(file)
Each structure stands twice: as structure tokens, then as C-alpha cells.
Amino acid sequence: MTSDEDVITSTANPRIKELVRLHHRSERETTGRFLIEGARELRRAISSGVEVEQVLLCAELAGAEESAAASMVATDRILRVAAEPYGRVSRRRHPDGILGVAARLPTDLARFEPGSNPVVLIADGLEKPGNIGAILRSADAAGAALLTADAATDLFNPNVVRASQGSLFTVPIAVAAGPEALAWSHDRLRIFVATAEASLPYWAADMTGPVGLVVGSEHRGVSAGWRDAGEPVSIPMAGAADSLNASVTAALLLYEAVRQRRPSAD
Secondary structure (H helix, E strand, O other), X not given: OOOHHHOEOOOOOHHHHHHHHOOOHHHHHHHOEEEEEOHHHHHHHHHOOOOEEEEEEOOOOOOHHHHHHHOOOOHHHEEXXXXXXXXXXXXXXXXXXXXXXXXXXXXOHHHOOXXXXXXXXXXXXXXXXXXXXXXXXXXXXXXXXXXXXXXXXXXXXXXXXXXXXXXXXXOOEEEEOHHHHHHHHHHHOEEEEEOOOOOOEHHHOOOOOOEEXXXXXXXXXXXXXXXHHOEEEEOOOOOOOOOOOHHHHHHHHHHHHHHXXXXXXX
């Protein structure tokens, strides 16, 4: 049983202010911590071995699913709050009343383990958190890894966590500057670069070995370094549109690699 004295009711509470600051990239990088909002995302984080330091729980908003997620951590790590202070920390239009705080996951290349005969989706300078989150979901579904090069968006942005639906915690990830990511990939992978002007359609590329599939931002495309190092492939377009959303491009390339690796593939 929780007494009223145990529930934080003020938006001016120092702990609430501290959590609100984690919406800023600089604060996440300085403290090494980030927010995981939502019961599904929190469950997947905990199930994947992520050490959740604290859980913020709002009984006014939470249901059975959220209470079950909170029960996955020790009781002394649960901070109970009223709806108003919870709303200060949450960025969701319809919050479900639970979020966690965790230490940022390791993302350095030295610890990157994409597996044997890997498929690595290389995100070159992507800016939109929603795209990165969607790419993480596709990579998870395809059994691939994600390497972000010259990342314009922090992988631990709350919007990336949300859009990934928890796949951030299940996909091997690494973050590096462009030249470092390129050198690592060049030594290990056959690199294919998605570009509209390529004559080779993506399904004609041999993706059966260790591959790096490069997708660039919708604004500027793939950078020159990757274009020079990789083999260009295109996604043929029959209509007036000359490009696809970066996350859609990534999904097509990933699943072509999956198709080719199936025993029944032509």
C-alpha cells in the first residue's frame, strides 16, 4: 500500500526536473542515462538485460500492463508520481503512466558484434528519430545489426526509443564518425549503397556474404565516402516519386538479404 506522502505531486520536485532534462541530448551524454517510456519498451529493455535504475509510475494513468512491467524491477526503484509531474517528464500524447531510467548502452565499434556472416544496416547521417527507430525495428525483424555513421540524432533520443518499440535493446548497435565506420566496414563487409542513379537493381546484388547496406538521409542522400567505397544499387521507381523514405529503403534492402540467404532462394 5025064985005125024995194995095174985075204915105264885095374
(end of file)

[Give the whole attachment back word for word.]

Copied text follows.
Each structure stands twice: as structure tokens, then as C-alpha cells.
Amino acid sequence: MTSDEDVITSTANPRIKELVRLHHRSERETTGRFLIEGARELRRAISSGVEVEQVLLCAELAGAEESAAASMVATDRILRVAAEPYGRVSRRRHPDGILGVAARLPTDLARFEPGSNPVVLIADGLEKPGNIGAILRSADAAGAALLTADAATDLFNPNVVRASQGSLFTVPIAVAAGPEALAWSHDRLRIFVATAEASLPYWAADMTGPVGLVVGSEHRGVSAGWRDAGEPVSIPMAGAADSLNASVTAALLLYEAVRQRRPSAD
Secondary structure (H helix, E strand, O other), X not given: OOOHHHOEOOOOOHHHHHHHHOOOHHHHHHHOEEEEEOHHHHHHHHHOOOOEEEEEEOOOOOOHHHHHHHOOOOHHHEEXXXXXXXXXXXXXXXXXXXXXXXXXXXXOHHHOOXXXXXXXXXXXXXXXXXXXXXXXXXXXXXXXXXXXXXXXXXXXXXXXXXXXXXXXXXOOEEEEOHHHHHHHHHHHOEEEEEOOOOOOEHHHOOOOOOEEXXXXXXXXXXXXXXXHHOEEEEOOOOOOOOOOOHHHHHHHHHHHHHHXXXXXXX
């Protein structure tokens, strides 16, 4: 049983202010911590071995699913709050009343383990958190890894966590500057670069070995370094549109690699 004295009711509470600051990239990088909002995302984080330091729980908003997620951590790590202070920390239009705080996951290349005969989706300078989150979901579904090069968006942005639906915690990830990511990939992978002007359609590329599939931002495309190092492939377009959303491009390339690796593939 929780007494009223145990529930934080003020938006001016120092702990609430501290959590609100984690919406800023600089604060996440300085403290090494980030927010995981939502019961599904929190469950997947905990199930994947992520050490959740604290859980913020709002009984006014939470249901059975959220209470079950909170029960996955020790009781002394649960901070109970009223709806108003919870709303200060949450960025969701319809919050479900639970979020966690965790230490940022390791993302350095030295610890990157994409597996044997890997498929690595290389995100070159992507800016939109929603795209990165969607790419993480596709990579998870395809059994691939994600390497972000010259990342314009922090992988631990709350919007990336949300859009990934928890796949951030299940996909091997690494973050590096462009030249470092390129050198690592060049030594290990056959690199294919998605570009509209390529004559080779993506399904004609041999993706059966260790591959790096490069997708660039919708604004500027793939950078020159990757274009020079990789083999260009295109996604043929029959209509007036000359490009696809970066996350859609990534999904097509990933699943072509999956198709080719199936025993029944032509």
C-alpha cells in the first residue's frame, strides 16, 4: 500500500526536473542515462538485460500492463508520481503512466558484434528519430545489426526509443564518425549503397556474404565516402516519386538479404 506522502505531486520536485532534462541530448551524454517510456519498451529493455535504475509510475494513468512491467524491477526503484509531474517528464500524447531510467548502452565499434556472416544496416547521417527507430525495428525483424555513421540524432533520443518499440535493446548497435565506420566496414563487409542513379537493381546484388547496406538521409542522400567505397544499387521507381523514405529503403534492402540467404532462394 5025064985005125024995194995095174985075204915105264885095374